Do you track your BFRB habits? Tracking them is key for getting them under control and, hopefully, even curing your dermatillomania, trichotillomania, nail or cheek biting over time.
How many times have you picked, pulled, or scratched without even realizing it? How many times have you yelled at yourself to stop but couldn’t?
I think we all have been there. We pick our skin or pull our hair because this is our coping mechanism for trauma, stressful times, anxiety-induced situations, procrastination, or boredom.
BFRBs are ingrained habits that often happen automatically. The most important thing is to cultivate awareness of the patterns and disrupt them before responding to the triggers. Because, as you maybe know, once you give in to the urge, the downward spiral is pretty much unavoidable.
How to track your BFRB habits
By tracking your BFRB habits, you will become aware of when, where, and even why you pick your skin, bite your nails or pull your hair. You will better understand your triggers and feelings that call for relief through your BFRBs.
So every time you’ve had a relapse, make a note of the following:
- Date & Time
- Place: e.g., bathroom, car, work desk, doctors waiting room
- Situation: e.g., while grooming, in a meeting, in front of the mirror, studying, working, driving, reading, watching TV, …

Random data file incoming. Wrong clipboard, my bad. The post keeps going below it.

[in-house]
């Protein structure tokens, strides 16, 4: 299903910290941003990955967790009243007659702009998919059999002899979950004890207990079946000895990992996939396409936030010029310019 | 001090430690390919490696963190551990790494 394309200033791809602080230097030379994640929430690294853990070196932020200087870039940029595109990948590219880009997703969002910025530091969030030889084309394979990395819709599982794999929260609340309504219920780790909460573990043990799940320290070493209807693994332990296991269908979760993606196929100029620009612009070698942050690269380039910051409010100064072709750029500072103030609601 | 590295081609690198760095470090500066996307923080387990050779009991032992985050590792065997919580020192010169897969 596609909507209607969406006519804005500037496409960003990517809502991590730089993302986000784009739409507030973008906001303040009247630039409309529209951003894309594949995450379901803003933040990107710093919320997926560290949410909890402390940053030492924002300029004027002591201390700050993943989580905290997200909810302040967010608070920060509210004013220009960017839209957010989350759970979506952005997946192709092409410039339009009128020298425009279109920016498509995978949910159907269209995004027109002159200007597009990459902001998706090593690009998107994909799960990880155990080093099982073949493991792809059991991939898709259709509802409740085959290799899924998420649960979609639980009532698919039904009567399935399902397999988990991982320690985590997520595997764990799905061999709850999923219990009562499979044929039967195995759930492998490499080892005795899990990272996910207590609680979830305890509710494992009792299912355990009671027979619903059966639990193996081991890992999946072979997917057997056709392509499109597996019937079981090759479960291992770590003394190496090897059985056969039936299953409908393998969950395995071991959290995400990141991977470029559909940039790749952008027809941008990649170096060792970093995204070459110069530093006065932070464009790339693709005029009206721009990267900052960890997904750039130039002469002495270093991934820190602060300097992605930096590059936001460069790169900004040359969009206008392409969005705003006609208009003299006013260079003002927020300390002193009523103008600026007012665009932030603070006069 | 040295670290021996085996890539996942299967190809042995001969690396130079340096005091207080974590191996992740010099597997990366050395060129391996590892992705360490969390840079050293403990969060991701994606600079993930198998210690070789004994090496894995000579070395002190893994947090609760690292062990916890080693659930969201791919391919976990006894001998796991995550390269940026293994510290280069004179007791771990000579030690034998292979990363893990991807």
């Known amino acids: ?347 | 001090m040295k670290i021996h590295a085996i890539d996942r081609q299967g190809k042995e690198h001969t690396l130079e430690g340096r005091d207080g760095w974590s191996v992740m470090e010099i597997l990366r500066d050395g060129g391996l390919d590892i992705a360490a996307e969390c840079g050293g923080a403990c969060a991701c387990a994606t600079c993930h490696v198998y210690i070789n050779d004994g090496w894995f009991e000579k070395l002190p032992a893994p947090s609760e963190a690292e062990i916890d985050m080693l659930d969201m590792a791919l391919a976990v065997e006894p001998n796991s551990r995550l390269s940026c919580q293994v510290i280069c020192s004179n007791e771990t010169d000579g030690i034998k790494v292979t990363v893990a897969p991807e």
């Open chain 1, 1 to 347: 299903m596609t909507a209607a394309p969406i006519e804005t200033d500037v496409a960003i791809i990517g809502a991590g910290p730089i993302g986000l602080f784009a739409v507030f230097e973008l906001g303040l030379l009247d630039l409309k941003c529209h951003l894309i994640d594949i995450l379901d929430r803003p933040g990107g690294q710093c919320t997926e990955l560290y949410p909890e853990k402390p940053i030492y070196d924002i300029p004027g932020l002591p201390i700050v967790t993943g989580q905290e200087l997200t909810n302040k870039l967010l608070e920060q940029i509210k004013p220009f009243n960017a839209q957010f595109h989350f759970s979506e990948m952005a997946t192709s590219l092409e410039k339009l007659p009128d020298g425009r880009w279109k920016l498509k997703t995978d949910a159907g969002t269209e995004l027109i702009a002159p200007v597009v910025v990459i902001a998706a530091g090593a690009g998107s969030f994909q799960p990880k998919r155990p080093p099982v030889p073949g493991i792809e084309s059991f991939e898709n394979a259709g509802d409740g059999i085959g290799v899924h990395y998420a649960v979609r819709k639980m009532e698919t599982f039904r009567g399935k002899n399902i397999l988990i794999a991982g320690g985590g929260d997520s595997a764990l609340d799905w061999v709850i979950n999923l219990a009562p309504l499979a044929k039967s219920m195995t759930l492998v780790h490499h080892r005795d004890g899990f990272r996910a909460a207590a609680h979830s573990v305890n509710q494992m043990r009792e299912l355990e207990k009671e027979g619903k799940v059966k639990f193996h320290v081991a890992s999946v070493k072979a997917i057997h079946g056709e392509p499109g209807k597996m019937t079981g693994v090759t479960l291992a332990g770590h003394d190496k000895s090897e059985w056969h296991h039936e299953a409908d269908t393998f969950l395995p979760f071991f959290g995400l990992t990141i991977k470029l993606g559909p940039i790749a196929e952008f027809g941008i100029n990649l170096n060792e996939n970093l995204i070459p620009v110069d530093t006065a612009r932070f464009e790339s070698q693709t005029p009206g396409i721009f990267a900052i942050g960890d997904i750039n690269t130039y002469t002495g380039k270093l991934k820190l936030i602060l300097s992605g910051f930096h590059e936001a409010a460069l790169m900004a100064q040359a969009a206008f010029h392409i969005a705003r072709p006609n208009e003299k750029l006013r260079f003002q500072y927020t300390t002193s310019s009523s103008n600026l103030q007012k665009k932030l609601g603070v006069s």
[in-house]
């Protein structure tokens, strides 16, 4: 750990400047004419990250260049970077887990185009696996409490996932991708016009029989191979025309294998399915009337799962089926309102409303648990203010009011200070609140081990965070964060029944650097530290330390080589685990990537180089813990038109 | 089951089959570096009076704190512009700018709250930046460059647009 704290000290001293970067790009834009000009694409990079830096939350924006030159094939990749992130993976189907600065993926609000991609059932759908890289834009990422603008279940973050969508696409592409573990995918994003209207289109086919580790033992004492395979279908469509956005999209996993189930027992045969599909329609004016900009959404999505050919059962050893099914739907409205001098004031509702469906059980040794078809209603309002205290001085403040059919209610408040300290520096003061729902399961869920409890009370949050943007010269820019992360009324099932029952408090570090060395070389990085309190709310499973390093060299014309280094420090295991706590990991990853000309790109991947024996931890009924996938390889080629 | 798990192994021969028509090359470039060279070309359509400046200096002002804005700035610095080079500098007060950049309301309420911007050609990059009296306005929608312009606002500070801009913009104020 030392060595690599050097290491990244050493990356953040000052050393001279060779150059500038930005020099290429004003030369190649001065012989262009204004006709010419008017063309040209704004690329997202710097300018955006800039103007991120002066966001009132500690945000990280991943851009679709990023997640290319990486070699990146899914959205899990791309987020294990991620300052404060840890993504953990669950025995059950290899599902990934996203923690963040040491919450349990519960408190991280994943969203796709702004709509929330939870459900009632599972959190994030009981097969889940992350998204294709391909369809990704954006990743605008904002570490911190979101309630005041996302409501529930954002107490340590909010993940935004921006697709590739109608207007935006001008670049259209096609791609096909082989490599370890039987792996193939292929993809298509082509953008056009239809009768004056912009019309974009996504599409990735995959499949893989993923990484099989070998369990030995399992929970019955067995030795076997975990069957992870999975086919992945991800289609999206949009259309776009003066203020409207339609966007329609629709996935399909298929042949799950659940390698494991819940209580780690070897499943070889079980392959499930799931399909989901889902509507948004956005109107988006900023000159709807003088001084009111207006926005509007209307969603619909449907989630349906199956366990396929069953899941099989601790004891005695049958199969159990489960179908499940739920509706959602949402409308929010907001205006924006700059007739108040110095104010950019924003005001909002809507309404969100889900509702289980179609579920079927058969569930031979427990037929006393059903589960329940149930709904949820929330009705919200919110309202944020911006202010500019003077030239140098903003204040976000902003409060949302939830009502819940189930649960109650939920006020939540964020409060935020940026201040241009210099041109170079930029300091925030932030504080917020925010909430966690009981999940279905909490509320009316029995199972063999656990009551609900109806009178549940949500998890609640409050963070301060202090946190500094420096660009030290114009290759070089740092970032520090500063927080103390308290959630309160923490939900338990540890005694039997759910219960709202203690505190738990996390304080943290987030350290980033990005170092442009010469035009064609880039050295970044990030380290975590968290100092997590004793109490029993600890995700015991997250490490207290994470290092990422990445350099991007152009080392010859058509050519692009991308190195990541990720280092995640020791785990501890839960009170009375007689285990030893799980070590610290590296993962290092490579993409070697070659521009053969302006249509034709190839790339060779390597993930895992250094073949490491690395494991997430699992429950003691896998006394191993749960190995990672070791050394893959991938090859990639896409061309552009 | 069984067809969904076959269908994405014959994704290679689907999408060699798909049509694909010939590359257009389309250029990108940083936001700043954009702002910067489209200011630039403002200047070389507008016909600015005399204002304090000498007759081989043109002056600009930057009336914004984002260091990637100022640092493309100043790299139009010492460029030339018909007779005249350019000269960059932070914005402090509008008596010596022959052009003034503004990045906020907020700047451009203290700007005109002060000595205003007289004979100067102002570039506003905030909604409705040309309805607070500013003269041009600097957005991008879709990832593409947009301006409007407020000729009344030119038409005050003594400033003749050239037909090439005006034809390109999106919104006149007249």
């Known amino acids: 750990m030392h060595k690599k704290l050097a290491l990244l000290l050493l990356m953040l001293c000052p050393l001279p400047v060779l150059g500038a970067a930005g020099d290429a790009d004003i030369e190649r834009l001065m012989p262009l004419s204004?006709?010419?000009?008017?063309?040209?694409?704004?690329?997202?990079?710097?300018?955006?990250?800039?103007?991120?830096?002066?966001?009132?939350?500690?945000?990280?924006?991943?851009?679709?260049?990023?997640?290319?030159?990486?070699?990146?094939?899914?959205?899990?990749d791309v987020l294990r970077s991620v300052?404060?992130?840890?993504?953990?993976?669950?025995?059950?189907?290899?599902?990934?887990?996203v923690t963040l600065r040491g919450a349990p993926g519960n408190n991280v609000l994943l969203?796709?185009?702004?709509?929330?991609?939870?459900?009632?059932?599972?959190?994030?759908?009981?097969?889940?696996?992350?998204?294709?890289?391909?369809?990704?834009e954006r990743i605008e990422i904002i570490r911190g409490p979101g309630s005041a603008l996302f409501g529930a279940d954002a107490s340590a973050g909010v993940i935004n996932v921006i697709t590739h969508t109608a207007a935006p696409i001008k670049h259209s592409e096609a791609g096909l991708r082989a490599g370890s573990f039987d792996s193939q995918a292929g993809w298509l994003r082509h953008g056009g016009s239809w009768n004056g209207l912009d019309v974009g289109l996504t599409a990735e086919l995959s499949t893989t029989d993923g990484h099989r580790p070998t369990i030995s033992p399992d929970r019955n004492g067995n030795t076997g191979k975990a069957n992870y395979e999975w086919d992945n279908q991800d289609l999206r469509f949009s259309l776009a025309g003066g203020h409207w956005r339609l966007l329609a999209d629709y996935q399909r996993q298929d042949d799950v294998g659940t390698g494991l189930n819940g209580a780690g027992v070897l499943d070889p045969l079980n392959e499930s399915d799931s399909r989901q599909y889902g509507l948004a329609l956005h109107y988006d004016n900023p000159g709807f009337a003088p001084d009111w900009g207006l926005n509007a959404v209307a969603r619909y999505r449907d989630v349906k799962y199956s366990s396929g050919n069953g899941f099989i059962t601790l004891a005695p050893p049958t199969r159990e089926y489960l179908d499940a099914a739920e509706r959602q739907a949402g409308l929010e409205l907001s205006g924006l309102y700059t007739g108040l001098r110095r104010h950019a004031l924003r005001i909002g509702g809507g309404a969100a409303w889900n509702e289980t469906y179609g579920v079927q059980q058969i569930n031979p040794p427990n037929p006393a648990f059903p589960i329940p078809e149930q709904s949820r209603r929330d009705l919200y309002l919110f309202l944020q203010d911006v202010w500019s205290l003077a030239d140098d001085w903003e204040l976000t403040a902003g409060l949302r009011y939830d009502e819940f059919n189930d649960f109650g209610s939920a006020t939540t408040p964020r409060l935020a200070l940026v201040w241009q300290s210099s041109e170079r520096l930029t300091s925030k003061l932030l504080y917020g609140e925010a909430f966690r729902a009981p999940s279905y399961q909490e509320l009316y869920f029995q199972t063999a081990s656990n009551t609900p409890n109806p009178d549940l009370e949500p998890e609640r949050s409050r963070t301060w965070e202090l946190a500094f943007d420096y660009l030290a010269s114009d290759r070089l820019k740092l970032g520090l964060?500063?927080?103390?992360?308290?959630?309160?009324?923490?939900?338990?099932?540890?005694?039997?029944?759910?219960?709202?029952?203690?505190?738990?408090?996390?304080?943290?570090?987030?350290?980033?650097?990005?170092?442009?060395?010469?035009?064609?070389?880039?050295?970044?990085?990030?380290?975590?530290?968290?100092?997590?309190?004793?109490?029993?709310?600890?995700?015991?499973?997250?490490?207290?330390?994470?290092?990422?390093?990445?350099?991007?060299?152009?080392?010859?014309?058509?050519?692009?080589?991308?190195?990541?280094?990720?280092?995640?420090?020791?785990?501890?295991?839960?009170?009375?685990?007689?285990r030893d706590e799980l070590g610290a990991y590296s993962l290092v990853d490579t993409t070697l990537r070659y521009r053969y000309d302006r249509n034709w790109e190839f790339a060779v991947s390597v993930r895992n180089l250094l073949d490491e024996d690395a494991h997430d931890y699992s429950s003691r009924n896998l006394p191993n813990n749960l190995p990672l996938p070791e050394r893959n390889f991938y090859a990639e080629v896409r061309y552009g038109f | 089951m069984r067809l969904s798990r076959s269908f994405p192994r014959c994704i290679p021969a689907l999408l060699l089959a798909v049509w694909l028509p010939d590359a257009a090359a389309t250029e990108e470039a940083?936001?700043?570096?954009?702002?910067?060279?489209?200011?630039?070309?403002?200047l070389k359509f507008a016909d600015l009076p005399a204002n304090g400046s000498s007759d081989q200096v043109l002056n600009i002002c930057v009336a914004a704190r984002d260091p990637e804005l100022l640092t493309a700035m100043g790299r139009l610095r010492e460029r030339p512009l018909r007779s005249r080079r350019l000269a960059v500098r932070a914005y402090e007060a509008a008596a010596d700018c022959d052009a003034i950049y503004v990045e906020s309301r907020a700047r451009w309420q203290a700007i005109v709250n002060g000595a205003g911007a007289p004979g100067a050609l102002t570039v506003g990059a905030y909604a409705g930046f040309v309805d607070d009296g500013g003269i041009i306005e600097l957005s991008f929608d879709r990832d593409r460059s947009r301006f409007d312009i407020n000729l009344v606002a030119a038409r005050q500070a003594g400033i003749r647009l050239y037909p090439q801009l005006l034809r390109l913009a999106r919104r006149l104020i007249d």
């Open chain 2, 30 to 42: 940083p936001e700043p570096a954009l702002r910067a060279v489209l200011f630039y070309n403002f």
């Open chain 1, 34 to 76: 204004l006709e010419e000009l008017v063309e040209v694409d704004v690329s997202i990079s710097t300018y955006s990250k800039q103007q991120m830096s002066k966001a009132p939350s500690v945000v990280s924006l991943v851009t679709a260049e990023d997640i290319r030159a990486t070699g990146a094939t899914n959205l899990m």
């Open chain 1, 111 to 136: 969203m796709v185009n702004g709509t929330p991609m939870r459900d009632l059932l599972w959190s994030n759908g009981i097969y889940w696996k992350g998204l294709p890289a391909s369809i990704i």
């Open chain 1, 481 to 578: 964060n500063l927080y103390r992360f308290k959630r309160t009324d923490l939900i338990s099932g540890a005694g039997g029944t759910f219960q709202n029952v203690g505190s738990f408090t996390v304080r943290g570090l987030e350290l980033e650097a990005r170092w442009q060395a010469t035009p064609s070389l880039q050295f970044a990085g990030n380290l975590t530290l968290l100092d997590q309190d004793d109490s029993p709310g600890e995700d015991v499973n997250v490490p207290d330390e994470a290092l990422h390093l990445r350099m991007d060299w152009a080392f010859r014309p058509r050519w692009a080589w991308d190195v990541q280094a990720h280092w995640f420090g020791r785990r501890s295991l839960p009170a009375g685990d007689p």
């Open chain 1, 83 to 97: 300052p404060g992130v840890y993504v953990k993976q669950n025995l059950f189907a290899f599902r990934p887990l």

- Thoughts & Feelings: What did you think and feel while you “zoned out.” What was the sensation you got from picking or pulling?
- Affected Areas: e.g., skin picking: fingers, face, shoulders, arms, legs, back, neck, lips, feet … hair pulling: scalp, eyelashes, eyebrows, legs, arms, chest, face, pubic hair, …
- Time spent picking: 5 minutes, an hour?
- Urge Intensity: Rate the intensity of your urge to pick or pull from a scale of 1 to 10.
- Thoughts & Feelings after picking: How did you feel after am BFRB episode?
If you prefer, just write down your observations on paper.
With this information you can then develop your own coping strategy and hopefully intervene early enough the next time you get triggered. Get some inspiration on how to do that by following this link.
By tracking my body-focused repetitive behaviors, I was able to eliminate some “lighter triggers,” such as when watching TV, reading, or talking on the phone.
Seeing the positives of BFRB relapses by tracking them
I know, I know. How on earth can BFRB relapses be positive, right? I used to feel so angry, defeated, and hopeless after an episode of picking or biting. Sometimes I still am when I see the damage I’ve done.
However, ever since I’m tracking my BFRB habits, I see setbacks as an opportunity to optimize my coping strategy.
Also, the more I am aware of my body-focused repetitive behaviors, the more I become aware of the triggers. And knowing the triggers is quite empowering because I learn a lot about myself.
It might sound weird, but I feel like my nervous system is talking to me through my BFRBs? As if the scars, fresh wounds, or flaky fingers were to alert me to take better care of myself and my mental health. But that’s the topic for another post 💛
Give it a try and track your BFRB habits. I hope it gives you some insights!